Given that Polar environments still represent a 'frontier' to many, there is an inclination to still explore these ecosystems not for the broader interests in ecological knowledge but rather for more immediate concerns. The desire to harness biological diversity as a resource is well known and a highly vigorous endeavour driven by the continuous demand for new resources and innovations beckon new directions and opportunities. For example it is abundantly clear we need new or improved pharmaceuticals for dealing with infectious disease as well as other pervasive medical conditions, such as cancer and Alzheimer’s disease. Since biodiscovery is inherently empirical, scattershot approaches are often too hopeful and unfocused for anything substantial to be gained. However, with greater knowledge on how microbes function and their genetic contents, value can be gained and in addition gain a greater appreciation of associated environmental services as well as metabolic capacities and idiosyncrasies. Thus bioprospecting for novel pharmaceutical activity, cold active enzymes, and unusual and/or new biological products should take an intelligent directed as well as in-depth approach in order to realise value and understanding. To achieve this we need knowledge about microorganisms at a functional, mechanistic and genetic level and not just taxonomic and phylogenetic.
Arctic Ocean is a useful sentinel for understanding the impact of climate change. Dramatic changes are occurring in this region, calling for monitoring of biogeochemical processes. The study site, Konsfjorden is a unique marine coastal system located at the north-western coast of Spitsbergen island in Svalbard (78o55’N, 11o56’E, Norway). Since 90 per cent of the sea floor has temperatures less than 4oC, low environmental temperatures characterise the habitat of many bacteria living in the marine sediments. Sulfate reduction rates (SRR) in sediments of 4 sites in the Kongsfjorden area have been measured as a function of temperature using the 35S radiotracer method. Experiments conducted with homogenised sediments amended with acetate and/or lactate at two different temperatures (0oC and 4oC) included suitable controls without amendments. SRR increased by almost 45 per cent with a 4oC rise in temperature. This increase in sulfate respiration could imply an increase in the CO2 flux and subsequently global warming. The rate of carbon mineralised (CM) is proportional to the SRR, which in turn is influenced by salinity variations due to mixing of sea water with the fresh water from melting glaciers. Consequently, with a rise in temperature, the SRR actually tends to decrease with lowered salinities due to ice melting, thus offsetting the increase in CO2 flux that could have occurred due to the warming effect. This work is a part of the 3rd Indian Arctic Expedition to Svalbard from 14 June to 18 July 2009.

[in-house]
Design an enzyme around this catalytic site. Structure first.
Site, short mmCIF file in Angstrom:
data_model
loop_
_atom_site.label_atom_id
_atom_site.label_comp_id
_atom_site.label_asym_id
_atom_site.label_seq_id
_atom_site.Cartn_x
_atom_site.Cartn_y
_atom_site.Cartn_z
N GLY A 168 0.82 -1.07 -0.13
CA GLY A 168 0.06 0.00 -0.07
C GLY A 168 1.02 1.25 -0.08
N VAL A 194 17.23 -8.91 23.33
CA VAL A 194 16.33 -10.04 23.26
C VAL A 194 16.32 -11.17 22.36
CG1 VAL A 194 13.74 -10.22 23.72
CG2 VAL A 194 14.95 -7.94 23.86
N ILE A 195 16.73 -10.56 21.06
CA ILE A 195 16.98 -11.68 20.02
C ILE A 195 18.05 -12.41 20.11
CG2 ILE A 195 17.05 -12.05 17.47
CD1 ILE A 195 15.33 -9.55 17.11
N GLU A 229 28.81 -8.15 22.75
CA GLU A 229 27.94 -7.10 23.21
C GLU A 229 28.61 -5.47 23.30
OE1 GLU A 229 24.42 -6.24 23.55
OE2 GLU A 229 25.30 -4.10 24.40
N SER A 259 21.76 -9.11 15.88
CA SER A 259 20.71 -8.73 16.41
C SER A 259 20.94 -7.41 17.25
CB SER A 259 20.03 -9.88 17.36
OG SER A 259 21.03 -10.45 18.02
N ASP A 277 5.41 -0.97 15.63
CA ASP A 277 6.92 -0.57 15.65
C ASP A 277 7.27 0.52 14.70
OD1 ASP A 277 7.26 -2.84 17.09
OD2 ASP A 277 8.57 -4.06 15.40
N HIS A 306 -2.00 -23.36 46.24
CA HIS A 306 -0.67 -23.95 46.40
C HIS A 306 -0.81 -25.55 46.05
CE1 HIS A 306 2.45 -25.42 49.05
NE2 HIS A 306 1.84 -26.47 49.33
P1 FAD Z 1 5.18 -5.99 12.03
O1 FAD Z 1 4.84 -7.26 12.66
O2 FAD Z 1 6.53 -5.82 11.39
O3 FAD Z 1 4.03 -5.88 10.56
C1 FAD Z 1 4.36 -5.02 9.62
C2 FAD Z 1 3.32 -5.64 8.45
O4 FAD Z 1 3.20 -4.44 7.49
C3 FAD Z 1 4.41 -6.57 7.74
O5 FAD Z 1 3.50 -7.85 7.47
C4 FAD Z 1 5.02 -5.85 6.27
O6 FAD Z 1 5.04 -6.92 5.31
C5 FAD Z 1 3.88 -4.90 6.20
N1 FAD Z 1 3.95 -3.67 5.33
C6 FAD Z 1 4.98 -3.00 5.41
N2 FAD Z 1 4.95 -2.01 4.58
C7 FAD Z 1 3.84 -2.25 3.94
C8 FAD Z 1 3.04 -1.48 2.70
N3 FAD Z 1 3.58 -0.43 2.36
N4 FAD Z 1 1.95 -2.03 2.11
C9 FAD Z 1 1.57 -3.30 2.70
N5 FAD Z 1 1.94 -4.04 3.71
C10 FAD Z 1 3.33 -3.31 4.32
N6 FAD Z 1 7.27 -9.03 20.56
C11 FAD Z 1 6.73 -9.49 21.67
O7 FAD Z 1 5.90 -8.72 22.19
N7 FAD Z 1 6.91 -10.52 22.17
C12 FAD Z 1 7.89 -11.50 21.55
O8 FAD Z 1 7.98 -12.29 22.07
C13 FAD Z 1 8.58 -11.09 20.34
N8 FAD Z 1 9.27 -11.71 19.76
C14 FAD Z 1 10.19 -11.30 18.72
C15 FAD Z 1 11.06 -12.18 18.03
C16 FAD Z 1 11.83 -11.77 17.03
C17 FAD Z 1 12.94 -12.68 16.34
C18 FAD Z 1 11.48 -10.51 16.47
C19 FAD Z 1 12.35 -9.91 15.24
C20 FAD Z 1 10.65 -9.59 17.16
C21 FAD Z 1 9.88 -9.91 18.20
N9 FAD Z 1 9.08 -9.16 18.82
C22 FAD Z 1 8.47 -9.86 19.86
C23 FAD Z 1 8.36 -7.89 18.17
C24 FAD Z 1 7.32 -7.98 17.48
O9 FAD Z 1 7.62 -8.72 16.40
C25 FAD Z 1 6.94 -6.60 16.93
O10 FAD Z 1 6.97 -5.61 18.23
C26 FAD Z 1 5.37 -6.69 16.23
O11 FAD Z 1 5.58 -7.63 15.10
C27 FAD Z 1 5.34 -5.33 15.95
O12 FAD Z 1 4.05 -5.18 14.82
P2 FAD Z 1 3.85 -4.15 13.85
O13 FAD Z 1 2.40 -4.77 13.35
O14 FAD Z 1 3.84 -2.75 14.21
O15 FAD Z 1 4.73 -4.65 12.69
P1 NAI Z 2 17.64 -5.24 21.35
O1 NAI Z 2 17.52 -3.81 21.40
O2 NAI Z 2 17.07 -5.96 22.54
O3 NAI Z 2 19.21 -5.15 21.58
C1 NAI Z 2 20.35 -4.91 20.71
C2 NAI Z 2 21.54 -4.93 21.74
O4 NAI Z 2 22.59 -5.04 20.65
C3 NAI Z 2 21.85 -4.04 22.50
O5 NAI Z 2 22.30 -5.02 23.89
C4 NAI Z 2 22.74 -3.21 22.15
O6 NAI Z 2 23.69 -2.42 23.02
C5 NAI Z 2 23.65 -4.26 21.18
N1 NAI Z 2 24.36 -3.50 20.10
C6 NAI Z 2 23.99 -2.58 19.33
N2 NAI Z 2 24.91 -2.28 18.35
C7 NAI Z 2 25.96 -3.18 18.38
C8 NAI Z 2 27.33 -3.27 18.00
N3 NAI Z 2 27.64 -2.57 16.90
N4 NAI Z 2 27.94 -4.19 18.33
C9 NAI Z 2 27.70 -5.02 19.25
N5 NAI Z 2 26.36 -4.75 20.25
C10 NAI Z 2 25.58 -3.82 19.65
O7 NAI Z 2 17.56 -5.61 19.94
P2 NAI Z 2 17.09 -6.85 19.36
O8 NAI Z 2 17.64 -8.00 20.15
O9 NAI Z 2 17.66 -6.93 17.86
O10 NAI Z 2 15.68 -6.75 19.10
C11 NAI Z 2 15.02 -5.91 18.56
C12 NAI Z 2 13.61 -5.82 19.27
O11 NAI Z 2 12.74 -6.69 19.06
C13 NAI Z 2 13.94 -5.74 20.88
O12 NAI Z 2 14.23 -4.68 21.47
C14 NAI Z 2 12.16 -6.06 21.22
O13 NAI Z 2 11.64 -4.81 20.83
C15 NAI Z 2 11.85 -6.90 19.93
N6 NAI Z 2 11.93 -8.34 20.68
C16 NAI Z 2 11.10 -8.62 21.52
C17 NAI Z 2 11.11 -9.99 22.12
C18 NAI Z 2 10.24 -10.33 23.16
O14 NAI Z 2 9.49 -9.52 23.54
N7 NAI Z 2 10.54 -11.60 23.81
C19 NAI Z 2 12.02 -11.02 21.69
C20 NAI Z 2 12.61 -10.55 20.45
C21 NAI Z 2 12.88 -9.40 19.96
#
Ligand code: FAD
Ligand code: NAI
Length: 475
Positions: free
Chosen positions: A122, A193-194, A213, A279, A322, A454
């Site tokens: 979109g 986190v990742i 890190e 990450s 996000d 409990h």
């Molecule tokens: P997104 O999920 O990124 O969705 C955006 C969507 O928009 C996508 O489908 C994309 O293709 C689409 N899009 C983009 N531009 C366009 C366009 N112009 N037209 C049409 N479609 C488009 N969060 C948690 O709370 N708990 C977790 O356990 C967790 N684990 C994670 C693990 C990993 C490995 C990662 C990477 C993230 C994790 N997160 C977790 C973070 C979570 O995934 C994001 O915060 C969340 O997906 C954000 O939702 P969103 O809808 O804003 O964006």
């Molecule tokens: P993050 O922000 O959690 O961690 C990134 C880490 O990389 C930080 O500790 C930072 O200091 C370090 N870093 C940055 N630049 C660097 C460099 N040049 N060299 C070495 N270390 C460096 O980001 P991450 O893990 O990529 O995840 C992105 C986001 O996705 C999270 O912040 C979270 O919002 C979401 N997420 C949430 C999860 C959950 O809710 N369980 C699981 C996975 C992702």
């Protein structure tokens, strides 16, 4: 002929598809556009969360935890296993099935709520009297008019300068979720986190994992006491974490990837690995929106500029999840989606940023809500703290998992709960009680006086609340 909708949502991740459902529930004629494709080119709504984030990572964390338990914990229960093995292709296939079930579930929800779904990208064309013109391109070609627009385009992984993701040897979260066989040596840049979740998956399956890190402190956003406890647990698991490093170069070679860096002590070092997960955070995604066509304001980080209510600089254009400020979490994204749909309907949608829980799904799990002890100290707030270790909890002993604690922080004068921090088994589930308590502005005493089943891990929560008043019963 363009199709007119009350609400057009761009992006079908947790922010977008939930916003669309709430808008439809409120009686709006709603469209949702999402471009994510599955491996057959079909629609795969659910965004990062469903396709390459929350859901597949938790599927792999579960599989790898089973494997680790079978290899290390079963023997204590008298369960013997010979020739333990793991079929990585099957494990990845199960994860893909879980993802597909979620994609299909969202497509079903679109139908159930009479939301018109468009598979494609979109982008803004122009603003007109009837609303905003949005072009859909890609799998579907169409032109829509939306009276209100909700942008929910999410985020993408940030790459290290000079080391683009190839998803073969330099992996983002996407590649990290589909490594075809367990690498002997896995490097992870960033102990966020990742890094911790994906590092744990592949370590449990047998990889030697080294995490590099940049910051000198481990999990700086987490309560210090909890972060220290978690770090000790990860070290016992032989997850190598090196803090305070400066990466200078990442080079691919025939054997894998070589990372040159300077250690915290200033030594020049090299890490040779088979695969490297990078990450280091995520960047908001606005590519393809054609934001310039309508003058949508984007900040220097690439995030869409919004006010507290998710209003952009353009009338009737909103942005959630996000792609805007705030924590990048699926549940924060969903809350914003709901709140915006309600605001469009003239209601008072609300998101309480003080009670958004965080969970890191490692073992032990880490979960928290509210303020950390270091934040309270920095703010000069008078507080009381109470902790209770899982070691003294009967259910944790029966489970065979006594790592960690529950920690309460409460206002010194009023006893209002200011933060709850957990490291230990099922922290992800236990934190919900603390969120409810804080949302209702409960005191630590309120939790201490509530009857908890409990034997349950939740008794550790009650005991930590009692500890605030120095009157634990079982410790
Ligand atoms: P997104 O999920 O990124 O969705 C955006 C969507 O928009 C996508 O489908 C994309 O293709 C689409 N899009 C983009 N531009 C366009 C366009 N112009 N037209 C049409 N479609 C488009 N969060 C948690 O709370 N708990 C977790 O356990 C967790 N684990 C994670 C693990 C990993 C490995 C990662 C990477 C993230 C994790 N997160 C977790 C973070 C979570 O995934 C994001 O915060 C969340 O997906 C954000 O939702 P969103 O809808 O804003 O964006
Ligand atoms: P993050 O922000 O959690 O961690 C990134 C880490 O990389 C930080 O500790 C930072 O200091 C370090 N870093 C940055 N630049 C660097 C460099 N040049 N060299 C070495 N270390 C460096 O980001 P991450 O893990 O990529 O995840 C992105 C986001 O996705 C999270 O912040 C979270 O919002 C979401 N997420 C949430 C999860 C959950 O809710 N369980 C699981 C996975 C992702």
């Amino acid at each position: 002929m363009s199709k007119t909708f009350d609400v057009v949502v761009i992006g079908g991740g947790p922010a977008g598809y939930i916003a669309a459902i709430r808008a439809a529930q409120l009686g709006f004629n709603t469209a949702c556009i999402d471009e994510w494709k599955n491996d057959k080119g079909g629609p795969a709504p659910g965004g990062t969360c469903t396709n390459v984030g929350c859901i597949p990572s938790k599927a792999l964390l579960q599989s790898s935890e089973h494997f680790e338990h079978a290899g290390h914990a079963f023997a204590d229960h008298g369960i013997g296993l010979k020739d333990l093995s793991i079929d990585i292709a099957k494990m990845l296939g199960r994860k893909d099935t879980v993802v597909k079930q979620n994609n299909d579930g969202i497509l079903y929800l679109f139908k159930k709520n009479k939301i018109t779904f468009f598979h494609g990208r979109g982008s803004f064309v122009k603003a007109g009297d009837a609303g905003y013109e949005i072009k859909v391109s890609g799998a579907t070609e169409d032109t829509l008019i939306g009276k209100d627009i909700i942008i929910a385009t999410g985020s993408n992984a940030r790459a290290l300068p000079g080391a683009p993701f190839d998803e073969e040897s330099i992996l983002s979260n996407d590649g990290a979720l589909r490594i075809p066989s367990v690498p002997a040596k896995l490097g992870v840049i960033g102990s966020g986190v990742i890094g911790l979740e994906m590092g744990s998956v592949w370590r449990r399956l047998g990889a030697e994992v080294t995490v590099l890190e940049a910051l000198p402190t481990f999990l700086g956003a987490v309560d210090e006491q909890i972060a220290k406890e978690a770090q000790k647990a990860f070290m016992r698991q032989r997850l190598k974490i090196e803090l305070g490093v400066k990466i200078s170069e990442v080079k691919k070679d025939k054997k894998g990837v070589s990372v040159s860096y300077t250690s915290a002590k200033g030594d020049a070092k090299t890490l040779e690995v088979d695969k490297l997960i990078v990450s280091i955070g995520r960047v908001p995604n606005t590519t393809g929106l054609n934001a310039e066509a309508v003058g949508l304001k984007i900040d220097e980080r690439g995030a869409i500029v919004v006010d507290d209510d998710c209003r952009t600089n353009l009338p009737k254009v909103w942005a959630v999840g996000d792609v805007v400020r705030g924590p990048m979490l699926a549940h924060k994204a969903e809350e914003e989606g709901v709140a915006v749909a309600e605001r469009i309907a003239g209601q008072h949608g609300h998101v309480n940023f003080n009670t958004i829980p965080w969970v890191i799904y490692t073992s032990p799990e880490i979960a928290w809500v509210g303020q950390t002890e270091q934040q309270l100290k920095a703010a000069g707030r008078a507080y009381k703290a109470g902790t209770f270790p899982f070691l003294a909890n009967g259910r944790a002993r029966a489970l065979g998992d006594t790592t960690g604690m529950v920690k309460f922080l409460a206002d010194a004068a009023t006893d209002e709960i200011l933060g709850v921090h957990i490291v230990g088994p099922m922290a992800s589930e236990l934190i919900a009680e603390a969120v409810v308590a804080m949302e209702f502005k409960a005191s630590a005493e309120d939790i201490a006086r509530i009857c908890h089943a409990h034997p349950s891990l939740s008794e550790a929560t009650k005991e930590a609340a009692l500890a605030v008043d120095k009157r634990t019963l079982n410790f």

Fishing trials with various types of squid jigs were attempted in the Southern Ocean from 40o to 43o S and 53o to 58o3’ E during the 6th Indian Southern Ocean Expedition from 23 December 2011 to 6 February 2012. Squid jigging operations were carried out during nights with different types of jigs namely local jigs, jigs with LED lights and imported jigs. Total of 71 squids, approximately weighing 60 kg was landed by hand squid jigging. Three species were landed viz; Sthenoteuthis oualaniensis, S. bartrami and Todarodes filippovae. S. oualaniensis and S. bartrami are widely reported from the tropical Indian Ocean and T. filippovae is a typical Southern Ocean species. Jigging operations could not be carried out on most of the nights due to very rough seas, strong currents and winds during the cruise. Seawater characteristics such as temperature, salinity, and chlorophyll were determined using a CTD water sampler. Imported jigs were found to be more efficient than local jigs and jigs with LED lights. Morphometric measurements along with the length and weight of different species of squids caught were recorded. Length of S. bartrami ranged from 20.5 to 48.8 cm and weight ranged from 0.2 to 2.8 kg and length of T. filippovae ranged from 19.4 to 24.8 cm and weight ranged from 0.12 to 0.27 kg. With great demand for seafood especially squids, there is a possibility of harvesting the under-exploited stocks of oceanic squids especially in the Southern Ocean to cater to protein food for mankind.